Skip advert
Advertisement

New Ferrari 812 GTS revealed - V12 convertible ready to roar

Ferrari has removed the roof from its 812 Superfast to create the 812 GTS, a V12 spider with real  supercar intent

Ferrari says it’s been fifty years since its last front-engined V12 spider. It then goes on to point out that since that car - the Daytona Spider - it has made four others that fit the description: 2000’s 550 Barchetta Pininfarina, 2005’s Superamerica, 2010’s SA Aperta, and 2014’s F60 America.

Advertisement - Article continues below

Confused? Don’t be, because while each of those was a special, limited-run model, the new Ferrari 812 GTS is the real-deal - a volume production spider with a front-mounted V12, and the first to legitimately hold that title since the aforementioned Daytona.

None, special models or otherwise, have been quite as extreme as the 812 GTS however. Sharing its powertrain and architecture with the 812 Superfast, the 812 GTS makes use of a 6.5-litre naturally-aspirated V12 with an 8900rpm ceiling and a scarcely believable 789bhp delivered 400rpm before you reach it.

The only thing louder than the engine will be the expletives you utter on the way to 62mph in “under three seconds” and 124mph in 8.3, the former figure just a tenth behind the Superfast. While the engine is undoubtedly a screamer, its 6.5 litres of capacity and twelve creamy cylinders also give it 529lb ft of torque, the 7000rpm peak slightly deceiving when Ferrari says 80 per cent of that maximum is available from half those revs. Top speed is quoted as 211mph - identical to the coupe.

For emissions reasons the V12 is equipped with petrol particulate filters, but rest assured that Ferrari has tuned the two six-into-one manifolds and exhaust system geometry to ensure it still sounds its best.

Advertisement - Article continues below
Skip advert
Advertisement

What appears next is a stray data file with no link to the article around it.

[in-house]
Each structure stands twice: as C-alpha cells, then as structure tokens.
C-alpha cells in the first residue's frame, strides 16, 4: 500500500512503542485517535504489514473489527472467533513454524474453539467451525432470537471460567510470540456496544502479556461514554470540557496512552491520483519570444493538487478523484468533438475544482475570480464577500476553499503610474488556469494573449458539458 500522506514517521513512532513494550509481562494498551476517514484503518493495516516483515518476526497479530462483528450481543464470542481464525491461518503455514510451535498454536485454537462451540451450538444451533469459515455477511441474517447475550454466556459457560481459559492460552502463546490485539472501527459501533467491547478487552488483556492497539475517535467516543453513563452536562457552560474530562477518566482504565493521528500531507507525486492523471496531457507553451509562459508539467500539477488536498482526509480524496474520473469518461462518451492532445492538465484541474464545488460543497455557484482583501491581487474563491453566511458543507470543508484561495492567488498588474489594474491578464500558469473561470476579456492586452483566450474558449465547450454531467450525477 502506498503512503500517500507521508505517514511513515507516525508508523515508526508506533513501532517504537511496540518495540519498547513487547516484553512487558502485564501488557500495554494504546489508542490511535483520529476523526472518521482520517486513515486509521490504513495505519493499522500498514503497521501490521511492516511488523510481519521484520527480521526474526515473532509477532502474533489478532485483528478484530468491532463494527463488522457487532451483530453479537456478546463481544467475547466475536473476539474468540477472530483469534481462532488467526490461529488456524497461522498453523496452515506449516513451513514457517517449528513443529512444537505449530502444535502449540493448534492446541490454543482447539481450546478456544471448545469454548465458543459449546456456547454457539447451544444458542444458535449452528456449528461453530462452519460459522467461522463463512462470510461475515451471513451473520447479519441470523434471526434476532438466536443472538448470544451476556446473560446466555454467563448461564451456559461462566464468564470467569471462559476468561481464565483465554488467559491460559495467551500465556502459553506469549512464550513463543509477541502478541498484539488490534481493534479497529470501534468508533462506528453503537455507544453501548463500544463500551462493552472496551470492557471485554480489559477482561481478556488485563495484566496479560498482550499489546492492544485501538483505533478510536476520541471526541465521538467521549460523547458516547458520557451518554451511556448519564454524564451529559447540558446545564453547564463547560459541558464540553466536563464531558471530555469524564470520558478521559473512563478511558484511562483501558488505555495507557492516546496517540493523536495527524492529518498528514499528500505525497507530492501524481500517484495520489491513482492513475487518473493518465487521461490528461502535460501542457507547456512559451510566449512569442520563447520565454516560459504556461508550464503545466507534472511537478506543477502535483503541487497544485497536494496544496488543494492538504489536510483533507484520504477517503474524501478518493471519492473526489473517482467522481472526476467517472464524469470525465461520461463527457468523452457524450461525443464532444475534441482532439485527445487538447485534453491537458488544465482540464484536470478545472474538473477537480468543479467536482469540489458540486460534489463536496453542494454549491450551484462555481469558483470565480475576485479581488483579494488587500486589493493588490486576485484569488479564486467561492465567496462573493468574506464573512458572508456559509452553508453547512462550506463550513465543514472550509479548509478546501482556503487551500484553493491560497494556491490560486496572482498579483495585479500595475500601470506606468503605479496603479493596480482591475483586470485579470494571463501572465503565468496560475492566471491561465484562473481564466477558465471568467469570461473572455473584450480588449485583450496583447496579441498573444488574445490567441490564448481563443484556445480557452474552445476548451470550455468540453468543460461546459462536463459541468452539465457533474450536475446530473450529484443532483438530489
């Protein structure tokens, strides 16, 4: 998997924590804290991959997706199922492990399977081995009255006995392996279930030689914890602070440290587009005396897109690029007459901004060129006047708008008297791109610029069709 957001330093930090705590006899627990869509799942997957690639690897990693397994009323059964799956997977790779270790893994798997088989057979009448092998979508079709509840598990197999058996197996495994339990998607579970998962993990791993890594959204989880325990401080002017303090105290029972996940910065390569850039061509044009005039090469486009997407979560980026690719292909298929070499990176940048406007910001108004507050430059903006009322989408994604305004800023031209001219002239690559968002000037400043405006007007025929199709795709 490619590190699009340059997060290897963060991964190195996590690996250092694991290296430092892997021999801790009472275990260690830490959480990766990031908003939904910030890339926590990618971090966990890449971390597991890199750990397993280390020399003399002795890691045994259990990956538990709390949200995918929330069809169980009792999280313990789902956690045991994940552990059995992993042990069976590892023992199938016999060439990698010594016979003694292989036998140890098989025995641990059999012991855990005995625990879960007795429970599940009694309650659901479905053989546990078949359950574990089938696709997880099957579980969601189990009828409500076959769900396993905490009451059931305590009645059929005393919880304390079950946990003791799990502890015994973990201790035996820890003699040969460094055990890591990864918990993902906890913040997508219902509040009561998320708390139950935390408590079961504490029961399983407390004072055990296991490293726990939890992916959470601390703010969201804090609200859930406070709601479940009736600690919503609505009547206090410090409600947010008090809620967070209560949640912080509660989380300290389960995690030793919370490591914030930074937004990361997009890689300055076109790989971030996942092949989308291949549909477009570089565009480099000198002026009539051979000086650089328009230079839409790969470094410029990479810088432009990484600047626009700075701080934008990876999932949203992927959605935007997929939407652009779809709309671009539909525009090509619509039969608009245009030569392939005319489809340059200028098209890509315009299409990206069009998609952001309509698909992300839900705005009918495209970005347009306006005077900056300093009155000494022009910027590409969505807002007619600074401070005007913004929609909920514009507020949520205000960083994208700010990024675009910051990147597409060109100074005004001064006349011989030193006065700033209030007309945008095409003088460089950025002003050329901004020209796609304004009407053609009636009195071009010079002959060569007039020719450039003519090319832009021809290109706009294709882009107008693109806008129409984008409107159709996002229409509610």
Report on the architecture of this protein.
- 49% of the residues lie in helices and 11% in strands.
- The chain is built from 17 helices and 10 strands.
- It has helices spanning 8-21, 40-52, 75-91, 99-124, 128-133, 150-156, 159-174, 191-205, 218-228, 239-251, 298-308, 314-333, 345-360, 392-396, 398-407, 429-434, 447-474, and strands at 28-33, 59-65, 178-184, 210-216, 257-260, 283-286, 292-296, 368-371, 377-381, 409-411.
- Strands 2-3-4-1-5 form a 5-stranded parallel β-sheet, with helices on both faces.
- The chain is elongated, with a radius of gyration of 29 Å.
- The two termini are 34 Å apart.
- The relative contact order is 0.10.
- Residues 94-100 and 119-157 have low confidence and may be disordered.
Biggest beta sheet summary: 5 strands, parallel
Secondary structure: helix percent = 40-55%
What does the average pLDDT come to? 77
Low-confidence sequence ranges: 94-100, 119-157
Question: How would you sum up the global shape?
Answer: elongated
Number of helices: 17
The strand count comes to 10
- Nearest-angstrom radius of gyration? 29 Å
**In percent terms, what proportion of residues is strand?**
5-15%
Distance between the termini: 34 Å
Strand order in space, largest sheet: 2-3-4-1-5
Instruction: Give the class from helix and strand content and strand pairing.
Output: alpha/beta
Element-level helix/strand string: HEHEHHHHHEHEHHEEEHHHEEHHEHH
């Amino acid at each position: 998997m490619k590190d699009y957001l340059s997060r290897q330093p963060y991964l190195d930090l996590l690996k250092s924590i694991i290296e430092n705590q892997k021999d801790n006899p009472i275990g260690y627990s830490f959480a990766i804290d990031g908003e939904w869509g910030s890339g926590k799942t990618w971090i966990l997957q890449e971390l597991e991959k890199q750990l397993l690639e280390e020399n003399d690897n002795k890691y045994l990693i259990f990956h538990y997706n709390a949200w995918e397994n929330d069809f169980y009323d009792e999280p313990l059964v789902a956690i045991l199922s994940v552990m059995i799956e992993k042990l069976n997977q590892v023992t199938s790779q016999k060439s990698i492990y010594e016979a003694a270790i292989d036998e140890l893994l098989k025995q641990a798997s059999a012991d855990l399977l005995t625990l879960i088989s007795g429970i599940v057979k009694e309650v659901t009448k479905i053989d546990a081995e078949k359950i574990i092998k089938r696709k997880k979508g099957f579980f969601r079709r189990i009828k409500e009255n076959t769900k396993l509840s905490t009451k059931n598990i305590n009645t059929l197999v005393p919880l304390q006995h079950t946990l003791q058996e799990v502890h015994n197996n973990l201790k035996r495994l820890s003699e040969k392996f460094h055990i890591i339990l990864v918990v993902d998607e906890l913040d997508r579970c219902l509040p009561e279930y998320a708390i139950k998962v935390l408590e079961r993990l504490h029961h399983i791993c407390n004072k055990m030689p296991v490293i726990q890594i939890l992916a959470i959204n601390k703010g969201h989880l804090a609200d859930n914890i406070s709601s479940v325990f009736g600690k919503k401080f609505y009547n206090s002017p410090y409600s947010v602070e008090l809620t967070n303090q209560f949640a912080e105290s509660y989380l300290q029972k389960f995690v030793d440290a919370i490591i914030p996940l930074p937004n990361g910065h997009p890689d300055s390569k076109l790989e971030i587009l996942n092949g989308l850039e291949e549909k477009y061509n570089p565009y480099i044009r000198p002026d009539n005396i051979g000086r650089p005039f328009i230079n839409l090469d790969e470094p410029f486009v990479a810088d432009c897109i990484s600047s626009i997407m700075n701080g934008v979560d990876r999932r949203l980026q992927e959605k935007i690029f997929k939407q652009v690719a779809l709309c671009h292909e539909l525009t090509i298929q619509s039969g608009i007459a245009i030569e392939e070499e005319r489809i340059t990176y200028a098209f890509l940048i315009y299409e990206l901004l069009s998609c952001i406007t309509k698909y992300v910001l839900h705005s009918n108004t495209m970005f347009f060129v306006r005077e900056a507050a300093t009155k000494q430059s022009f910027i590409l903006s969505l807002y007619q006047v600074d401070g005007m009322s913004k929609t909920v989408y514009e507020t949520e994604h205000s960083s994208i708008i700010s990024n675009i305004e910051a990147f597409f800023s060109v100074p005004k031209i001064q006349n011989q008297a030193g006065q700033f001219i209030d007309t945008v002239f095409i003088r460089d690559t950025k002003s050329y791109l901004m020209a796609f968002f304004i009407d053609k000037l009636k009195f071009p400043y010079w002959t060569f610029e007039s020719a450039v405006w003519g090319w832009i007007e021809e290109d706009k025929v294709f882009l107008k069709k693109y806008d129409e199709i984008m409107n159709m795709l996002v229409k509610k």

Advertisement - Article continues below

And of course, the GTS is an open-topped car, with a retractable hard-top that stows or emerges in 14 seconds at up to 28mph. Like other recent Ferrari spiders, the 812 GTS resorts to using a buttressed tonneau cover to hide the retractable panels, and this does have the effect of ditching the Superfast’s vents near the quarter windows (a new vent in the diffuser makes up for their loss), and doing away with the large glass panel that used to sit over the luggage area.

The roof, tonneau cover and luggage compartment have all been redesigned accordingly, but otherwise, the roof’s profile isn’t dissimilar to that of the hard-top. Elsewhere the GTS’s styling is as-per its fixed-roof sibling - think long bonnet, high tail, and a hyper-aggressive, dart-like appearance that’s imposing and purposeful if not traditionally beautiful. You do get a new design of alloy wheel however, with diamond-finish, silver, and Grigio Scuro colourways.

The cabin is unchanged from the coupe too, hole above your head notwithstanding, which means shapely and surprisingly comfortable seats, a large tachometer in front of the driver, an auxiliary display for the passenger, and high levels of quality.

Ferrari says it’s worked hard to minimise turbulence and noise inside the car (bad noise, at least) when the roof is down, with careful work to those buttresses to ensure they don’t generate hurricane-force winds behind your head.

Dynamically the GTS should be little changed from the Superfast, with the same electronic systems. That includes the use of Side Slip Control, and Virtual Short Wheelbase 2.0 - Ferrari’s four-wheel steering system, that gives the Superfast uncanny agility. The dampers, meanwhile, have been subtly tweaked to account for the 75kg weight penalty in GTS form - giving the GTS a dry weight of 1600kg and a kerbweight around the 1705kg mark.

Full pricing and specification details haven’t yet been announced, but expect a healthy premium over the Superfast’s £262,963 basic price.

Here's our verdict on the best convertible cars on the market today...

Skip advert
Advertisement
Skip advert
Advertisement

Most Popular

Porsche Taycan Turbo GT Weissach Package review: two seats, 1020bhp and £186,300
Porsche Taycan Turbo GT – front
Review

Porsche Taycan Turbo GT Weissach Package review: two seats, 1020bhp and £186,300

We’ve driven the new, record-breaking Taycan Turbo GT – it’s astonishing in some ways but confusing in others
10 Apr 2024
Hyundai i30 N Fast Fleet test – 8 months with the Korean hot hatch
Hyundai i30 N evo Fast Fleet
Long term tests

Hyundai i30 N Fast Fleet test – 8 months with the Korean hot hatch

The i30 N has been one of our favourite hot hatches ever since we first sampled it. It passed the long-term test with flying colours, too
9 Apr 2024
Used car deals of the week
Main used car deals
Advice

Used car deals of the week

In this week's used car deals, we've sourced everything from a Mk1 Ford Focus RS to a Porsche Taycan
12 Apr 2024